Catching Up with the Designer Preferred by Kiran Rao and Mira Nair

Rina Singh is the woman behind Eka, a label that is best known for its comfortable clothing.

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Lifestyle
4 min read
Filmmaker Kiran Rao, author Arundhati Roy, director Mira Nair, all in Eka. (Photo Courtesy: Eka)

Indian summers are rough, harsh, and unforgiving. Organzas best be spared from a weather like this.

But thanks to brands like Eka, the Indian woman can find solace in her cool indigo dyed dresses and non-restrictive silhouettes.

The striking thing about Eka’s designs is how fluid they are – giving the wearer a feeling that she is truly uninhibited; as free in movement as she is in thought.

We caught up with designer Rina Singh, the creative force behind the label, that has also been nominated from India for the coveted International Woolmark Prize 2016 – 17, the winners of which will be announced in July.

The striking thing about Eka’s designs is how fluid they are – giving the wearer a feeling that she is truly uninhibited; as free in movement as she is in thought. Stocked in some of the most eclectic stores in India, like Bombay Electric, Ogaan and Ensemble, it is a preferred label for the likes of Arundhati Roy, director Kiran Rao, Mira Nair and the quintessentially best dressed Sabina Chopra.

(Photo Courtesy: Eka)
(Photo Courtesy: Eka)

What Does Eka Stand for?

Eka stands for soulful everyday luxury, made for living in. The collections are designed to be timeless, with a quiet, subtle femininity. 
Rina Singh, Eka
(Photo Courtesy: Eka)
(Photo Courtesy: Eka)

The distinct character of each piece gives the wearer the autonomy to mix and match otherwise clashing prints, creating an unusual story of their own.

(Photo Courtesy: Eka)
(Photo Courtesy: Eka)
(Photo Courtesy: Eka)
(Photo Courtesy: Eka)
“What is unshapely to some is Avant Garde to others.”

On The Loose, Unrestrained Silhouettes

The silhouettes are designed in a way to make the wearer feel confident and easy about their own body. The fact is that natural materials crush, or cave in the curves of the body; they give a feeling of fitting just right. The shape is revealed elegantly.
Rina Singh, Designer 
(Photo Courtesy: Eka)
(Photo Courtesy: Eka)
Eka personifies Indian minimalism. It can look as fab in a French street as in a New York setting, and yet its soul will eternally remain Indian. 
Not consciously but somewhere the minimalism in entirety is my calling.
Rina Singh, Designer
(Photo Courtesy: Eka)
(Photo Courtesy: Eka)
The collections are lovingly and sustainably handcrafted from traditional Indian hand woven textiles, but in a contemporary, versatile style that echoes the Ekà way of living: light and unrestrictive in form, pure and organic in substance.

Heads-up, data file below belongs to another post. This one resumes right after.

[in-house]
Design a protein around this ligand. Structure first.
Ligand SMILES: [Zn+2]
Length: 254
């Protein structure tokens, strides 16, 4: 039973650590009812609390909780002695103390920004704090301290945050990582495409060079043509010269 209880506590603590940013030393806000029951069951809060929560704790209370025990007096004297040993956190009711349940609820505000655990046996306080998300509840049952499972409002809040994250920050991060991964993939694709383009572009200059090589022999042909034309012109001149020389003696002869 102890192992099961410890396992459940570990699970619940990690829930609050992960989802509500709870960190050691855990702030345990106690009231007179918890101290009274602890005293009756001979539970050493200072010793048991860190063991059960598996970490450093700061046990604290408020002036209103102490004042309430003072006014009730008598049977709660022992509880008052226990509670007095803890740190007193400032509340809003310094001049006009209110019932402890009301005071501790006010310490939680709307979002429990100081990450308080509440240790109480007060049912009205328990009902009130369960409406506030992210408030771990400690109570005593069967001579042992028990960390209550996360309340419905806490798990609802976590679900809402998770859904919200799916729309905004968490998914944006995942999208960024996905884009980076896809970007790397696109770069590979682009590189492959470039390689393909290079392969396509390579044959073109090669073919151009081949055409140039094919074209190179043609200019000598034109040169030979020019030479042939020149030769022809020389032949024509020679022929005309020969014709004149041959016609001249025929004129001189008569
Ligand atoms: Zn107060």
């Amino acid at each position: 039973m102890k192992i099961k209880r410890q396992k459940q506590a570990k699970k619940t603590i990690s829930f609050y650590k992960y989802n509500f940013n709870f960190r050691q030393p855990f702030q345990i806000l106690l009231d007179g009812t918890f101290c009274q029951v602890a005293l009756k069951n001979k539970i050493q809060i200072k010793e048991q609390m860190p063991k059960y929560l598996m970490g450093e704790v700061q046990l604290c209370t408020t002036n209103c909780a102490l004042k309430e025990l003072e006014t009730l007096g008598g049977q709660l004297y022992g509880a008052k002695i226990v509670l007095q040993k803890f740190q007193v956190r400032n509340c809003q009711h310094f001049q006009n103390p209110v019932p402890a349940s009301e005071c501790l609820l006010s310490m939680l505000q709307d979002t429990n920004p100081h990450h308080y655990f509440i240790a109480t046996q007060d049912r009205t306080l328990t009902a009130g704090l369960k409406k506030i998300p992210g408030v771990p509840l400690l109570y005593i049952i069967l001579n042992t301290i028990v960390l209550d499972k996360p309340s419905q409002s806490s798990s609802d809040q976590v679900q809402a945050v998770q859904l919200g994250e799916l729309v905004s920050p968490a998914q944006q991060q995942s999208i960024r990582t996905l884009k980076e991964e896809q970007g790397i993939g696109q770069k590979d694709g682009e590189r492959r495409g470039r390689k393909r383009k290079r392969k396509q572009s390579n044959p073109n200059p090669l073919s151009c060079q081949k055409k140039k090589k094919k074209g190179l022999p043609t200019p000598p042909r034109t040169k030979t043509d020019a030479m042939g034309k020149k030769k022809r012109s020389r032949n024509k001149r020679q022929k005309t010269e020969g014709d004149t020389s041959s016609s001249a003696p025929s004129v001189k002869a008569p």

Rina SIngh

Eka’s clothes come in linens, khadis and blends for summers and lightweight silk wool, and linen-wool blends for pre-fall. Extreme winters employ the use of lightweight merino wool dresses, and boiled wool merino for a heavier look. Rina presents twice a year at Paris and India Fashion Week.

(Photo Courtesy: Eka)
(Photo Courtesy: Eka)

Rina’s designs can be accused of being too simplistic to the untrained eye, but it really is about the fine fabrics and how delicately she adds the cuts to them, which lend in her designs a self-assured look, she says.

What appears easy and ordinary is derived after a lot of trial and error and cutting several toiles.
Rina Singh, Eka
(Photo Courtesy: Eka)
(Photo Courtesy: Eka)

My questions to Rina aren’t about her next collection – that would be living in the future – which to me is contradictory to the spirit that her designs reflect – of living in the now, of enjoying everyday luxury. My main motive is to get her to answer how she came about to design that what many in India would find unshapely. Her answer personifies the sartorial nonchalance that her brand oozes.

Being comfortable and dressing up are no longer mutually exclusive. Looser shapes and volume have become increasingly important for womenswear, to put comfort before fashion. Building in soft layers, easy volumes and rich textiles with an extra sharp eye for workmanship and fit is my critical path. What is unshapely to some is Avant Garde to others.
Rina Singh

Rina would still want to design “feminine clothes” someday, she tells me. But not the stereotypical ones, of course. Feminity blended with comfort, to her, is too creative a context, to let go off for a passing trend.

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